Keyword Research – How I Do It

Keyword Marketing Research Techniques I Use –

Keyword research…what a BIG topic that is! While I am far from a keyword research genius, I do have my own way of doing longtail keyword marketing research to find phrases I CAN rank for fairly easily. To me, it’s not only about how many web pages Google returns (either with quotes or without) – It is more about finding out how many web pages are my REAL competition. Keep reading and find out how to do keyword marketing research – PotPieGirl style.

Keyword Ranking Research

When you are optimizing a web page to rank highly for a certain keyword phrase, you do certain things TO that web page to help get it to the top, right?

Let’s take a Squidoo lens as an example.

On a Squidoo lens, we make SURE our targeted keyword phrase is:

1. In the Title. In the Title. In the Title.

Gee, did I repeat that THREE TIMES? My bad, I meant to say it FOUR times! Make sure your keyword phrase is in the title of your Squidoo lens (or article title, or blog post title, etc etc etc). That title area is a VERY important piece of real estate on your lens (or article, or blog post…). Use it.

The words you put in the title of your lens are the words people see (and CLICK) when they find your web page in Google.

2. Within the first sentence or two of the intro module of your Squidoo lens.

Many times, Google will return those first few sentences in your intro module as the description people see in Google when they find your lens. We want it to be relevant to what they are looking for, and we want it to be interesting enough to entice them to click and visit the lens or web page.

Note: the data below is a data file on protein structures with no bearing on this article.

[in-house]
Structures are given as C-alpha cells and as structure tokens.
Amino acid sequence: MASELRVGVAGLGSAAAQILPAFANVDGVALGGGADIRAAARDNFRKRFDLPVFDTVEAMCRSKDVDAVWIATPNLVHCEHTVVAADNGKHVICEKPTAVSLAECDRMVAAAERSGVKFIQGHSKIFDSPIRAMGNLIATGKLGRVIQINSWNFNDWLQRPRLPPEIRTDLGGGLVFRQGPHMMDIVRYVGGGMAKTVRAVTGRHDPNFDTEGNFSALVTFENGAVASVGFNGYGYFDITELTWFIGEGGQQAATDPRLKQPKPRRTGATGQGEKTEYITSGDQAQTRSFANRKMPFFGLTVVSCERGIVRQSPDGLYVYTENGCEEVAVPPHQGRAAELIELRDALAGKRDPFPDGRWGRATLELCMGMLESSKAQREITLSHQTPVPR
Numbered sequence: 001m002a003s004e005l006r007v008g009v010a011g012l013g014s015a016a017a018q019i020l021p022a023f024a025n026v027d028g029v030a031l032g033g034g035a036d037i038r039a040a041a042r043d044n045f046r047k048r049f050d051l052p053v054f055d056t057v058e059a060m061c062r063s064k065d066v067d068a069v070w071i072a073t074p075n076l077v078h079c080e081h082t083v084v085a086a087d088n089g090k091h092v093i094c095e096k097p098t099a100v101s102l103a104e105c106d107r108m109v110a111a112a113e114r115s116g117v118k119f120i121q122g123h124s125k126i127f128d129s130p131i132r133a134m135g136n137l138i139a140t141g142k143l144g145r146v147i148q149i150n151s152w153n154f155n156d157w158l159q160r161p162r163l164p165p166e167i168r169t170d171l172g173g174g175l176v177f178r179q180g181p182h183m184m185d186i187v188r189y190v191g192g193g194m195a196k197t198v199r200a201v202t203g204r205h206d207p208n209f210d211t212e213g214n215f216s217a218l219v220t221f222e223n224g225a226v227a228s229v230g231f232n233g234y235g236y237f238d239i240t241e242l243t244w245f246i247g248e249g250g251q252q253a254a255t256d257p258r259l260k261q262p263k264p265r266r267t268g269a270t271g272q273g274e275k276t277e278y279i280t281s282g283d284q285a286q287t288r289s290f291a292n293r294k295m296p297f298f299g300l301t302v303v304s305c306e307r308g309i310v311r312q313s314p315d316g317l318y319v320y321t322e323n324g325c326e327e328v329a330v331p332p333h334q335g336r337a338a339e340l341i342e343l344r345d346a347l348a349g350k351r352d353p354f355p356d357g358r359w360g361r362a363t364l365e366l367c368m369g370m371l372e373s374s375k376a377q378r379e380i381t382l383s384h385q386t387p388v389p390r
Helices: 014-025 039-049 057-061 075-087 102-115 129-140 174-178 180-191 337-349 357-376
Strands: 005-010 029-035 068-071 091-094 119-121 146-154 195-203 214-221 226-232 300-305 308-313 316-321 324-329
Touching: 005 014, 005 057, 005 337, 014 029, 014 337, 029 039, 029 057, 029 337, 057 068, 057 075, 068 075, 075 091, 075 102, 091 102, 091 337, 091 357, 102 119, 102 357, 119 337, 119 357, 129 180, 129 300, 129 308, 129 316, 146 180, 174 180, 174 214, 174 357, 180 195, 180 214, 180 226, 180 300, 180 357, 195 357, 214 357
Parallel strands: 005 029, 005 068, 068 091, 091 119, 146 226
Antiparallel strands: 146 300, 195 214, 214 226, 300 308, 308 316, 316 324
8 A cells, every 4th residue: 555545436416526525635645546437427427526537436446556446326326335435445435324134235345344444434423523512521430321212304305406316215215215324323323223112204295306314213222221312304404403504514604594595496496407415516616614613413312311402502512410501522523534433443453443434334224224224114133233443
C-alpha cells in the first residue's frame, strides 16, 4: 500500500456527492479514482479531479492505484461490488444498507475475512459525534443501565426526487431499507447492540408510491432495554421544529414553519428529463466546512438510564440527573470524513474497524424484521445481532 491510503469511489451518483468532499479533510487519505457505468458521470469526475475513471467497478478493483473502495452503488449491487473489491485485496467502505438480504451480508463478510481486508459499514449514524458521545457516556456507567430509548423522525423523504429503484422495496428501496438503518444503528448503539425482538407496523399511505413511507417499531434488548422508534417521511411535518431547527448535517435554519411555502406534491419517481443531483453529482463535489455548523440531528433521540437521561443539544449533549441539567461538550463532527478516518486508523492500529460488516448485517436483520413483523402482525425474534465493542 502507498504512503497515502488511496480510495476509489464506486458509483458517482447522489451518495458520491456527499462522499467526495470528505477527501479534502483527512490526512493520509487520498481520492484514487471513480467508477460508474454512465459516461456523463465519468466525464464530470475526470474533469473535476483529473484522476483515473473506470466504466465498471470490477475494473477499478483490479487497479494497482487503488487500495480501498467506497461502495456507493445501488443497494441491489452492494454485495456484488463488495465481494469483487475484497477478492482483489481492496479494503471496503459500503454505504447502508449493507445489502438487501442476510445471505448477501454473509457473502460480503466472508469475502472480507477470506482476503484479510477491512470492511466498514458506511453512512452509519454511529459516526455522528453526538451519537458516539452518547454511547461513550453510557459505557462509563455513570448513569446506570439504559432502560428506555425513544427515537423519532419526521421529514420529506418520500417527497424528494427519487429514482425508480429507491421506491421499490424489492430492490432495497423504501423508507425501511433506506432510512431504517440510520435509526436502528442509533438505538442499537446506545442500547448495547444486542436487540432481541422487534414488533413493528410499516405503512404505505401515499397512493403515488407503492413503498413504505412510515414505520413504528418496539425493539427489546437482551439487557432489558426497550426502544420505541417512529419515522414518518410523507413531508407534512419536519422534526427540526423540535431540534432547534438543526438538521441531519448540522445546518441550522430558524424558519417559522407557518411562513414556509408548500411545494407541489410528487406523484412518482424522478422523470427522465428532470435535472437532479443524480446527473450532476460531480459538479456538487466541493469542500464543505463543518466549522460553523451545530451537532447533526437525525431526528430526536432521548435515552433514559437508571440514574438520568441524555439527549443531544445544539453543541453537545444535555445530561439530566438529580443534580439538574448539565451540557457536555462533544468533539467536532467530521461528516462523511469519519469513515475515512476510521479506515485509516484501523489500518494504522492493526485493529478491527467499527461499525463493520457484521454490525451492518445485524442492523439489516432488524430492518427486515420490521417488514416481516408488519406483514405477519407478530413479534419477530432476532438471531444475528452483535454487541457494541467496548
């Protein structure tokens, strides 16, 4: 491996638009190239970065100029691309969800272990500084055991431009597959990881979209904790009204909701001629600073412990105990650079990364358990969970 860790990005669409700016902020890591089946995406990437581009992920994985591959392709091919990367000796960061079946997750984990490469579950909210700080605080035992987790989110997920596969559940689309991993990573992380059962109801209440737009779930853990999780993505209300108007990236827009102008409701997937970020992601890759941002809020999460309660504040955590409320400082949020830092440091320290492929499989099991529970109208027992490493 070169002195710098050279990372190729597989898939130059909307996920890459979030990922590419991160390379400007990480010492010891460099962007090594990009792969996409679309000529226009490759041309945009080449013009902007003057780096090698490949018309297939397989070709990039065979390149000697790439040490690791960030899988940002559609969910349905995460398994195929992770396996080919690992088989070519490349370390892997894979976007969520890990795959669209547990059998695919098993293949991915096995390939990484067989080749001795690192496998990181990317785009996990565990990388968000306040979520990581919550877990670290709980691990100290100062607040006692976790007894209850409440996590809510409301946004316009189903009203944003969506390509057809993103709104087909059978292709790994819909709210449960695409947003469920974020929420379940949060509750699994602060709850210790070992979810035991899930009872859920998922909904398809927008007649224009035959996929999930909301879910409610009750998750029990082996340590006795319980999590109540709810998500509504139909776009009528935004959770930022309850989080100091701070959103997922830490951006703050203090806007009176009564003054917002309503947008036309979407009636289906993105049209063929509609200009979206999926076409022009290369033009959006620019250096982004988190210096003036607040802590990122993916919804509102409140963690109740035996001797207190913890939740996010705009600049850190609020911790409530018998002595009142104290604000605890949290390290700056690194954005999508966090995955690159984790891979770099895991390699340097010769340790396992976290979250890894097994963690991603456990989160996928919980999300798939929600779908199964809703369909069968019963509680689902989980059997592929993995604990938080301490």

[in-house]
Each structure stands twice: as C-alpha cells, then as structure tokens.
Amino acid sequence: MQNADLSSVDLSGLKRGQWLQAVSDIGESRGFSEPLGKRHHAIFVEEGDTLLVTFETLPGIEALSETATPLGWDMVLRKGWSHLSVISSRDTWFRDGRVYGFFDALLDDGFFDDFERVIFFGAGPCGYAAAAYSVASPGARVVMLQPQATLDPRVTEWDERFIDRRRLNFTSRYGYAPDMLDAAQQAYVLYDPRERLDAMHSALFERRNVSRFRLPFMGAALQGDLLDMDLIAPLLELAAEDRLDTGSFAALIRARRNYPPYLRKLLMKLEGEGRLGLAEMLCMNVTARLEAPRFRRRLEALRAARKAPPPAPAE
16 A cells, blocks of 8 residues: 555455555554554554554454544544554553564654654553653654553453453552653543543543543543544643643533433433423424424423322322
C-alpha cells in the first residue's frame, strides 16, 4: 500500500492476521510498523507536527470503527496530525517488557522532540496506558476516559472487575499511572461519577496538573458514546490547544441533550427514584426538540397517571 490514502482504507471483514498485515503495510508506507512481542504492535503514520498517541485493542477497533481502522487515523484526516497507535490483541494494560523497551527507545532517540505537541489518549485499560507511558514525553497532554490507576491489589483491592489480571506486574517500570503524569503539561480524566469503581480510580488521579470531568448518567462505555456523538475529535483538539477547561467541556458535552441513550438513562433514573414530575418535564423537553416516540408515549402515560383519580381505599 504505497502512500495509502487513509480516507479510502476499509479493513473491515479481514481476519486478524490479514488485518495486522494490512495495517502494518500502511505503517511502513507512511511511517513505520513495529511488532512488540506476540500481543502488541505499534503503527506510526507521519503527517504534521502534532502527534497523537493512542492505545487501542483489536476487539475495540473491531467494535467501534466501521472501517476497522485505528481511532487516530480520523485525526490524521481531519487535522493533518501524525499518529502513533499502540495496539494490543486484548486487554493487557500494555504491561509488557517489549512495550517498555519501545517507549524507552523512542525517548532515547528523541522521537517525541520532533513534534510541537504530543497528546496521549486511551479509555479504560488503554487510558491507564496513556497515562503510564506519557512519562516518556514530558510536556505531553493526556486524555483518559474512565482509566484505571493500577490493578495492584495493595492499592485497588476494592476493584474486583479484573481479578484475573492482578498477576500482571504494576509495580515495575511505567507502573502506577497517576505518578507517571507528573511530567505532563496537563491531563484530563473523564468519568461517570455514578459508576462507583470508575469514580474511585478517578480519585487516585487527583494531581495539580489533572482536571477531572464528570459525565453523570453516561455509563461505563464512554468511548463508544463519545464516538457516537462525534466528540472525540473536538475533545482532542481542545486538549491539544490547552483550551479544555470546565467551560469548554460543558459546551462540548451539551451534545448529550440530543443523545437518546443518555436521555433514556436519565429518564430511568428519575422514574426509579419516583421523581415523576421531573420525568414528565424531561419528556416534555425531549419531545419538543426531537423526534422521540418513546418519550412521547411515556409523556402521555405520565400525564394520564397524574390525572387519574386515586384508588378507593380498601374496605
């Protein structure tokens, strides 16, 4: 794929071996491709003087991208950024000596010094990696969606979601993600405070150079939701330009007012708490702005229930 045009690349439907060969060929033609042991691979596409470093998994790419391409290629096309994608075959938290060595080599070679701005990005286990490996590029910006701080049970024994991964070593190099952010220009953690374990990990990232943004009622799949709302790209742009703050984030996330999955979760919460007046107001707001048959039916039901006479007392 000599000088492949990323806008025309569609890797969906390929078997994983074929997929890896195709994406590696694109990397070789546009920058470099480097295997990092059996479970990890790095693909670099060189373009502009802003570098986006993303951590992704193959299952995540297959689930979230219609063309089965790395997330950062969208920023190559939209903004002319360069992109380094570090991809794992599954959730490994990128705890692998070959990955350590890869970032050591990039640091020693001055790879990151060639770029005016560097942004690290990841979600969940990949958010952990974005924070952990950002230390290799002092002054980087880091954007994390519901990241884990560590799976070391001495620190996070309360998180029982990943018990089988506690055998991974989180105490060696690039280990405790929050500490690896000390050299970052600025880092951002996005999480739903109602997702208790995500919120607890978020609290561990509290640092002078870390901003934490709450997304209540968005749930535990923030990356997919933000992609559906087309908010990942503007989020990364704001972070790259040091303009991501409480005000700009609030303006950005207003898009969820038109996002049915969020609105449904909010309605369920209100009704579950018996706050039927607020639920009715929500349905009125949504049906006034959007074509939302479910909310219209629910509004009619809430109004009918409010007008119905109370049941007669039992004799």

3. In the anchor text of links ON your lens or web page.

Google puts weight on the words it finds ON a web page that are a “clickable link” (ie, hyperlink, anchor link, text link, etc). The benefit of having keyword optimized anchor text links ON your web page go for your web page, too – not just the page you are linking to.

4. Sprinkled throughout your content on your webpage –

Using the keyword phrase you are optimizing for naturally on your web page or lens is very important to helping Google understand what your lens is about. Try and get that phrase and related phrases into the module titles and subtitles as well as in your Squidoo tags.

Don’t obsess over some magical number for keyword density… just try and get the phrase in there about once per every hundred words or so. Don’t force the phrase in there… make sure the readers experience is a good one or else they’ll hit the ol’ back button and it won’t matter WHERE you rank!

5. In the links you create TO your web page or Squidoo lens.

Yes…. make sure your links to your web page, article, blog post, or lens have the keywords you want to rank for as the anchor text linking to that lens. In other words, make sure the words people can click to get to your lens are the words you want to be found on Google for.

I will add that having your keywords in your url can help, but I don’t think is as important as the 5 places I just listed.

Your title and the anchor text of links TO your page are probably most important, in my opinion

Ok, PotPieGirl, What The Heck Does This Have To Do With Keyword Marketing RESEARCH?

Oh, this has a LOT to do with keyword research!

How in the world do you find keywords you have a chance at ranking for without too much effort?